Heartfelt tributes poured out from across the web on Monday after news broke that rock icon David Bowie had died of cancer at the age of 69.
But one of the less welcome sources of mourning was the Twitter accounts of major brands, some of whom paid their respect to the late rock star in the same rote way they tend to weigh in on any topic galvanizing the Internet's attention at a particular moment.
Images of tributes for Bowie:
TL; DR: the attempts by brands to connect with the global day of mourning around Bowie's passing struck many Twitter users as a crass exploitation of the death of a beloved musician for commercial purposes. (Note to brands: The Man Who Sold the World was not a piece of advice.)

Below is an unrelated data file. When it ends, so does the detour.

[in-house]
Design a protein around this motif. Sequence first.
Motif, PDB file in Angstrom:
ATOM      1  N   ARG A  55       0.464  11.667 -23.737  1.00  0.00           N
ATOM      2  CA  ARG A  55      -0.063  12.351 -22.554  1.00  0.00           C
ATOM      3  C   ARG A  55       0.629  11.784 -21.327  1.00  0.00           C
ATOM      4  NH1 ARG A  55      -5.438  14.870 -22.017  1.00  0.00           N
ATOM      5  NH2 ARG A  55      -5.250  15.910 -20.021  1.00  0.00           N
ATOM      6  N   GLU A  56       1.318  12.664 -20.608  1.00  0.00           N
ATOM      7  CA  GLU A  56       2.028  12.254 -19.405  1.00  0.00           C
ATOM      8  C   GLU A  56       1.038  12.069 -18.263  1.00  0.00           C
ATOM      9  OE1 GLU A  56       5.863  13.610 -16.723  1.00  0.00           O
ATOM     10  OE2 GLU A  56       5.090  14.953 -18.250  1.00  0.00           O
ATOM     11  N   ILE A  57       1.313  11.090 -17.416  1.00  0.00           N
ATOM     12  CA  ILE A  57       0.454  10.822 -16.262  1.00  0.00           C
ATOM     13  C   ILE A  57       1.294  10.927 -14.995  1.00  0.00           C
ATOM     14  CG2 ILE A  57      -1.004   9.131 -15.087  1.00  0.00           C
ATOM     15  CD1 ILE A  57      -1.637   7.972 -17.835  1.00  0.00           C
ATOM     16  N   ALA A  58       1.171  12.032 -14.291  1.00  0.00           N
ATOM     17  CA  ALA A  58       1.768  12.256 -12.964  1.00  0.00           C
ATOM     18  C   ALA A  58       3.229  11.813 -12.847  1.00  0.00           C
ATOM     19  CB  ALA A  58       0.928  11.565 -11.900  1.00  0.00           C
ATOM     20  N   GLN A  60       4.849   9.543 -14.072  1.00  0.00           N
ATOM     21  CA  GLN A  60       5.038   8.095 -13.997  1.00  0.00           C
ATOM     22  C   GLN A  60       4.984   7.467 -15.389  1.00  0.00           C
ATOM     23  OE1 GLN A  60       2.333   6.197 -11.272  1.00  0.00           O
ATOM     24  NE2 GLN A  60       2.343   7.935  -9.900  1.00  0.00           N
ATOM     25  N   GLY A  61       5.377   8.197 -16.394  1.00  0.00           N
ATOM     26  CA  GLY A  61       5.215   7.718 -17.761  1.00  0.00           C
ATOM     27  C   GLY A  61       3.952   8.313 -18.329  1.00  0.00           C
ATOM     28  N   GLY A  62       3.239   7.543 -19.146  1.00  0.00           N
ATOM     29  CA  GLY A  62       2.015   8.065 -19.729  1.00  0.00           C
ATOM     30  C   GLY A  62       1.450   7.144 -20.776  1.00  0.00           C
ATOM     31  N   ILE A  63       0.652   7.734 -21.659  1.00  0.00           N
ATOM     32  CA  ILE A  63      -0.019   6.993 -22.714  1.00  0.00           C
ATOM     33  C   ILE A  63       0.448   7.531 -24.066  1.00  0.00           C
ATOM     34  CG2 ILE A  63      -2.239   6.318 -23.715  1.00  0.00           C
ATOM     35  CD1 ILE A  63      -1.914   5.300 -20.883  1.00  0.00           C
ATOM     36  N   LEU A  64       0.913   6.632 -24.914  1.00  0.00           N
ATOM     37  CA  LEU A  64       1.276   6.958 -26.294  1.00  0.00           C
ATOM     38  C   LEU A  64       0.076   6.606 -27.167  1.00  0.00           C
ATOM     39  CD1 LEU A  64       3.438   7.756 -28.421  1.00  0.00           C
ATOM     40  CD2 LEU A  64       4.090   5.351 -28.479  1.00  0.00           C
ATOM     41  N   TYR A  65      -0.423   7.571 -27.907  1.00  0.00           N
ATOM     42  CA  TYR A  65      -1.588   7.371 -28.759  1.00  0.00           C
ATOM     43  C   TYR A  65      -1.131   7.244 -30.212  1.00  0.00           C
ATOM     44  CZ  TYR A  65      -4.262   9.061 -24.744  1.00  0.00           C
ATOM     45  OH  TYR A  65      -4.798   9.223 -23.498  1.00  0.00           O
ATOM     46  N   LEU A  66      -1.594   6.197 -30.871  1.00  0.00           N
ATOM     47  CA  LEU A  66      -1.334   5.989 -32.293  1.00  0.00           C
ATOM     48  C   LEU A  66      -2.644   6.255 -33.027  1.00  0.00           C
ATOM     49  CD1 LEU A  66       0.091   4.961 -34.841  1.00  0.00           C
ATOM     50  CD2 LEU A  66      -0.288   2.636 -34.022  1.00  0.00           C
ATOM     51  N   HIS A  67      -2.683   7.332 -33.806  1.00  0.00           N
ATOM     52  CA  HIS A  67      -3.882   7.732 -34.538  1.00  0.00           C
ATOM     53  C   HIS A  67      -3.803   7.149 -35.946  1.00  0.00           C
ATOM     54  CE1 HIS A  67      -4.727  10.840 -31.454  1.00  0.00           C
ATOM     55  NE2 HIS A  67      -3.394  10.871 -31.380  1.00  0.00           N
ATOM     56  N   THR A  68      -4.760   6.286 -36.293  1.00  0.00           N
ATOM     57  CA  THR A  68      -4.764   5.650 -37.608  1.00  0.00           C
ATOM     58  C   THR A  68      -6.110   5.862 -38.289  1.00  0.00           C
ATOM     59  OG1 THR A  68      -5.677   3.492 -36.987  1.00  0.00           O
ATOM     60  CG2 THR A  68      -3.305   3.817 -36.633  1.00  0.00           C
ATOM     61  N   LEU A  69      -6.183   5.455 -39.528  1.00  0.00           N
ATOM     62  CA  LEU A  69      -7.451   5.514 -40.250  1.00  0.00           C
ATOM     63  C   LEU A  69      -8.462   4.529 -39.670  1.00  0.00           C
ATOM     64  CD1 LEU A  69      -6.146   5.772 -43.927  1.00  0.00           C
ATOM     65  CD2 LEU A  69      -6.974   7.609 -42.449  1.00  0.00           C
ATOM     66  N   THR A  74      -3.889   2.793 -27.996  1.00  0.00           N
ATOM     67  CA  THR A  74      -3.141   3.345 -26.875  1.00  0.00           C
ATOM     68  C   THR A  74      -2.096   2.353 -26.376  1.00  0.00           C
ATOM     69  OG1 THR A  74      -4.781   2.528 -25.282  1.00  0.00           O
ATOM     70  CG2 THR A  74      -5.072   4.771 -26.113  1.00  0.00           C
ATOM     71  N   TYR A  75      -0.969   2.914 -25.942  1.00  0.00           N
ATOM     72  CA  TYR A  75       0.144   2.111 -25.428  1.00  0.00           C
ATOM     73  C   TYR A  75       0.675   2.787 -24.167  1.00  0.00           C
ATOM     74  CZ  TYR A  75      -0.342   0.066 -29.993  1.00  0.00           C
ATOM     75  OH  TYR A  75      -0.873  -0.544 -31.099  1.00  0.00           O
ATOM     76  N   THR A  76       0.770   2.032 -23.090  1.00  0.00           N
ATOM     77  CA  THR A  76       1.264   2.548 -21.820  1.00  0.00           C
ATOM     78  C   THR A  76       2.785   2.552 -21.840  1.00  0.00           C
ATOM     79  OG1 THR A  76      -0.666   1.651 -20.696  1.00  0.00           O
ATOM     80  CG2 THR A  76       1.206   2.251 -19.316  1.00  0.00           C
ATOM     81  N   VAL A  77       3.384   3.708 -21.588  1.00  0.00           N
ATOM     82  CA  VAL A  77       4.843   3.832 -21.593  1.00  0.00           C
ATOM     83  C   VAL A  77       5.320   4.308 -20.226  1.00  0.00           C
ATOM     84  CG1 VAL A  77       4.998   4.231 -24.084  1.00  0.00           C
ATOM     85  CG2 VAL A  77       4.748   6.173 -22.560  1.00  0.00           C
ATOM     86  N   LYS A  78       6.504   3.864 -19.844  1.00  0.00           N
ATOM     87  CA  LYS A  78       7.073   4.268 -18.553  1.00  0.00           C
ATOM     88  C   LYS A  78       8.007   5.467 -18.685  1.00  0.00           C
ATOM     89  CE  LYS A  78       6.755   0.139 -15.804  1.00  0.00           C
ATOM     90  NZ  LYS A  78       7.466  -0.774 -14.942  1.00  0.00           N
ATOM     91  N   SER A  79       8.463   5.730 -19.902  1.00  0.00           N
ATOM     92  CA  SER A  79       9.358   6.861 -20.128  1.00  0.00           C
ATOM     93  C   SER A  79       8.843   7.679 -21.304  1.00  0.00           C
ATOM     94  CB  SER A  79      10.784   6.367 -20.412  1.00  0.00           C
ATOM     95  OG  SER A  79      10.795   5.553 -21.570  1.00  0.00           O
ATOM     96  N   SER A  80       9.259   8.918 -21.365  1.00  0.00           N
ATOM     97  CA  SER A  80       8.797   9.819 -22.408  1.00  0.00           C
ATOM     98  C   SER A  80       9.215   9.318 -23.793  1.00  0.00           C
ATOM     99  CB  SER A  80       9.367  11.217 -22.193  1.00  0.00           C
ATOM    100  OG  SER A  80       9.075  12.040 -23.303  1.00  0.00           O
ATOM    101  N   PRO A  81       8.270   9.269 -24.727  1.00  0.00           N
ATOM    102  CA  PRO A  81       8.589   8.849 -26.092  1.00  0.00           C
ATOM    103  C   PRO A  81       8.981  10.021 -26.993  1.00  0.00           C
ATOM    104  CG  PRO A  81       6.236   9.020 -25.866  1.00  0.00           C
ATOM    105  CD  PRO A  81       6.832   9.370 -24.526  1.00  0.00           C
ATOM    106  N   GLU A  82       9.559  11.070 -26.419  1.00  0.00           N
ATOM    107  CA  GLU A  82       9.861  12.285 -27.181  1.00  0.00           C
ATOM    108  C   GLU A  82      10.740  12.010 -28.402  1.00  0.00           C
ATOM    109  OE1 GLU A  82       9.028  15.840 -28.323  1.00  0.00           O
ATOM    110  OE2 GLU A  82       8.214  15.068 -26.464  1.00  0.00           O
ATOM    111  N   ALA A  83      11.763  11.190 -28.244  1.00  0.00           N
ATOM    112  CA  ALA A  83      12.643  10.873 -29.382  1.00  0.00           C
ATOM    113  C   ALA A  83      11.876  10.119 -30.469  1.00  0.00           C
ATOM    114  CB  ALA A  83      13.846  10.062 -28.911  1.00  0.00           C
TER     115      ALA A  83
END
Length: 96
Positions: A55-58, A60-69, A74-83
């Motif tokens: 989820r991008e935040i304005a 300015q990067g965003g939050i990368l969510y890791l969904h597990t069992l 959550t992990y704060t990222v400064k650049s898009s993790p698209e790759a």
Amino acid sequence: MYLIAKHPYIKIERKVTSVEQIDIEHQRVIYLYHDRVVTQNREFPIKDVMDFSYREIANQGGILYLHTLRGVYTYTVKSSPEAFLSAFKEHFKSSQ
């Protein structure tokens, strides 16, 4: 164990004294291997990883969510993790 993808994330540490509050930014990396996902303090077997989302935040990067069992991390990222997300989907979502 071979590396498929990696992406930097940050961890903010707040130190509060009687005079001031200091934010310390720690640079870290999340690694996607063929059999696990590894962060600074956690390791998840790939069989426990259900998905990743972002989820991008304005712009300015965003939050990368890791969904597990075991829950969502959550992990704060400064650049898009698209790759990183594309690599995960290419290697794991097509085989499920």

Perhaps an additional dose of irony: Bowie himself worked briefly in the ad industry as a junior visualizer and recollected that he "loathed it."
And when everyone's least favorite brand of foamy, rubbery shoes chimed in with a Bowie-imitative lightning bolt superimposed over a dismal white clog, it proved too much for the Internet to bear.
Crocs removed the tweet within a half an hour after a quick burst of vehement backlash.
A handful of other brands -- most of them fashion houses -- managed at least slightly more tasteful tributes, by merit of the fact that their business was at least tangentially related to the singer's career. Pro tip: when mourning a cultural icon, try very hard to keep your product out of it.